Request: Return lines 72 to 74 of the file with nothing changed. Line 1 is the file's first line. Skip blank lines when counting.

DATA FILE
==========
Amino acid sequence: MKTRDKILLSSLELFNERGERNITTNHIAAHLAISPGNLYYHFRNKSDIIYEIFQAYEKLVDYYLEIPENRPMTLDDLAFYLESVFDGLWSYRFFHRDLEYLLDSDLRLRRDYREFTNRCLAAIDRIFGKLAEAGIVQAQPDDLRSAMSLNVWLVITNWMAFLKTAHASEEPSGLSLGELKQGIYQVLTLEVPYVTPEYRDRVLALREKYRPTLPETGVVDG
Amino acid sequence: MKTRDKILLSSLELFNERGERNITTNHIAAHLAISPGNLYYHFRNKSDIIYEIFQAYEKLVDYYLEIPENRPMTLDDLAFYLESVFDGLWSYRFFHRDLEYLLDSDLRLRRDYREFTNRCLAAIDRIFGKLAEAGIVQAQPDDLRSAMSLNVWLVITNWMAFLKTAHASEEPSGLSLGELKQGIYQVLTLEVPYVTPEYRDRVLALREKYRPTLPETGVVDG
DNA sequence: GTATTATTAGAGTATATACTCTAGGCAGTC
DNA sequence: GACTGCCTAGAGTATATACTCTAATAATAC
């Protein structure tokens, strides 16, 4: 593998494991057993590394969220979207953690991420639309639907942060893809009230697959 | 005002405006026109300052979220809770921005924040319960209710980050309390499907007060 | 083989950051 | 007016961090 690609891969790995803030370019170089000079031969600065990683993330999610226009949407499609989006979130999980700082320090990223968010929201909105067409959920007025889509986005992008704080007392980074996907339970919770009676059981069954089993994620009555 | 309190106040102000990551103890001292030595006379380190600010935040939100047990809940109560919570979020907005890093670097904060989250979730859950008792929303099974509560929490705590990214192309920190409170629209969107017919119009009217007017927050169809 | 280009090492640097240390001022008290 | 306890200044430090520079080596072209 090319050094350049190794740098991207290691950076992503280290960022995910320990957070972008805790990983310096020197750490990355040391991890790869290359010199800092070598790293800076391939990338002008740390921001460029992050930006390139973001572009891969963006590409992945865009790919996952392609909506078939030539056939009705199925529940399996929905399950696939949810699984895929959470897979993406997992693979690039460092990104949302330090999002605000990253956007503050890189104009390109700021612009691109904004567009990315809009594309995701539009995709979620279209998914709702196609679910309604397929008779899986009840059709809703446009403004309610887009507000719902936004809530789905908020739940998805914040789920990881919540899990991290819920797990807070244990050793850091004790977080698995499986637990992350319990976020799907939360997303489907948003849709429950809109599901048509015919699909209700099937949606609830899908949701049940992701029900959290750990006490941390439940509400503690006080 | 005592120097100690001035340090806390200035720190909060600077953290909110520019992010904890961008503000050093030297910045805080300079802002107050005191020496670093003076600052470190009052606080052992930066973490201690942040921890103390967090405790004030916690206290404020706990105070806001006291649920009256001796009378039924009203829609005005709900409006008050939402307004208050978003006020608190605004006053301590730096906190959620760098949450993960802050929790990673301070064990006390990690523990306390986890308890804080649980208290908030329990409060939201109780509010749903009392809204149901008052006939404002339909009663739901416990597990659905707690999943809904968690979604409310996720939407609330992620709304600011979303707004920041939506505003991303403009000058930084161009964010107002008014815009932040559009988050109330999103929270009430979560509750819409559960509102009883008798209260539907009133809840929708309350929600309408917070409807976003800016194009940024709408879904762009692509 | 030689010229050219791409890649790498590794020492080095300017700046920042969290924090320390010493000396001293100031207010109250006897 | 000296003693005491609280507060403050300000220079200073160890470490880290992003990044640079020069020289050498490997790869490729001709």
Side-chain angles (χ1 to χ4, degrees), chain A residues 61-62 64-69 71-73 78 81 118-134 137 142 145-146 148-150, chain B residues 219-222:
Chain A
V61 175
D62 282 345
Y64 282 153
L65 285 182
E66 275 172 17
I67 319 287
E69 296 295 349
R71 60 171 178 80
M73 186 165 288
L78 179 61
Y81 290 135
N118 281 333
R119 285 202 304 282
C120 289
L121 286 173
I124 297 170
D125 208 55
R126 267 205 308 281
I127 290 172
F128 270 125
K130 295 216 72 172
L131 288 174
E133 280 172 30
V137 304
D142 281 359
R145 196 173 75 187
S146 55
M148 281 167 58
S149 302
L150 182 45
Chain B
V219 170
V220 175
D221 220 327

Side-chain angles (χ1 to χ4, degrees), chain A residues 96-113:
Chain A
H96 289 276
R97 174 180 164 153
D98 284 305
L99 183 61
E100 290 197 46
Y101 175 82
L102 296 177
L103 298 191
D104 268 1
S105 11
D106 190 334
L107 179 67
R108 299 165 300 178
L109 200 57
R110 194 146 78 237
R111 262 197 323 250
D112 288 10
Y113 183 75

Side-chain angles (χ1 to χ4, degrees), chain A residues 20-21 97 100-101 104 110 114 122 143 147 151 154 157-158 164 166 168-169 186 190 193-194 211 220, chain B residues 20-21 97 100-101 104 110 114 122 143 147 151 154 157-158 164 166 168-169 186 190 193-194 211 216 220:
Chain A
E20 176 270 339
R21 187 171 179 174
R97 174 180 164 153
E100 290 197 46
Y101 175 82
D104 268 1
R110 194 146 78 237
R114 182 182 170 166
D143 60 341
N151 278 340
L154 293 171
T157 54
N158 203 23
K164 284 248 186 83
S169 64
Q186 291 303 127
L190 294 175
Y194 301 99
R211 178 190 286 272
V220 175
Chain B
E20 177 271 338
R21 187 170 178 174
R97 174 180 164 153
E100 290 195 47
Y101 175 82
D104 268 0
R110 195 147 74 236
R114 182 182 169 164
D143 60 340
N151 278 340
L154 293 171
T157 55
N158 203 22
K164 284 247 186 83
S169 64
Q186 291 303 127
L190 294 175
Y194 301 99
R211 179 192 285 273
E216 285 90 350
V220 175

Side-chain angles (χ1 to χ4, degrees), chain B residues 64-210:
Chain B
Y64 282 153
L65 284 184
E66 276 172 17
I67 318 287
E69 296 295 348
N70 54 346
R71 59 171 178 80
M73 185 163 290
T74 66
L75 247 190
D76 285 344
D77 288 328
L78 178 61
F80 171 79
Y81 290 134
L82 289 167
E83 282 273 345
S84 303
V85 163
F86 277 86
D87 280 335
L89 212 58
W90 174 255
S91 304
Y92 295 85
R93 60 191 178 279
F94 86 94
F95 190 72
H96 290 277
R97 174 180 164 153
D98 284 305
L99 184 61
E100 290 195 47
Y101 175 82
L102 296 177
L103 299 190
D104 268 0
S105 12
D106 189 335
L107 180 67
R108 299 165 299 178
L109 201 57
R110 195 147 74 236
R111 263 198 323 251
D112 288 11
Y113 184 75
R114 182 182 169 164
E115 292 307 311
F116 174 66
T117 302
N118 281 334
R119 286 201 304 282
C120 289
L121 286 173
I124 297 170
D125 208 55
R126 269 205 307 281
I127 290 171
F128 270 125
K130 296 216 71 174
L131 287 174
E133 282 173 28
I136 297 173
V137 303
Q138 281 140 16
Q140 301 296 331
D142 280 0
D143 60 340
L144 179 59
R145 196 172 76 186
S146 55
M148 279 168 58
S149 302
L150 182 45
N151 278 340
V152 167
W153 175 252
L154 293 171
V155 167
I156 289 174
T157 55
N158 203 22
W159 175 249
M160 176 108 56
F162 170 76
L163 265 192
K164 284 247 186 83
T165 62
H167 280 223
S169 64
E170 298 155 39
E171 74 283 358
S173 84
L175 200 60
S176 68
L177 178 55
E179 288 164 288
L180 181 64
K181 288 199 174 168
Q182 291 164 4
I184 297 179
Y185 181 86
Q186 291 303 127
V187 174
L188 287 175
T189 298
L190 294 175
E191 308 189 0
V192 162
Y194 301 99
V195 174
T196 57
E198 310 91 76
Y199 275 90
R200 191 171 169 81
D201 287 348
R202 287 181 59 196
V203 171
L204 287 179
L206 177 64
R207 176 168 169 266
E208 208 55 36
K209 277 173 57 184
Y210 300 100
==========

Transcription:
D143 60 341
N151 278 340
L154 293 171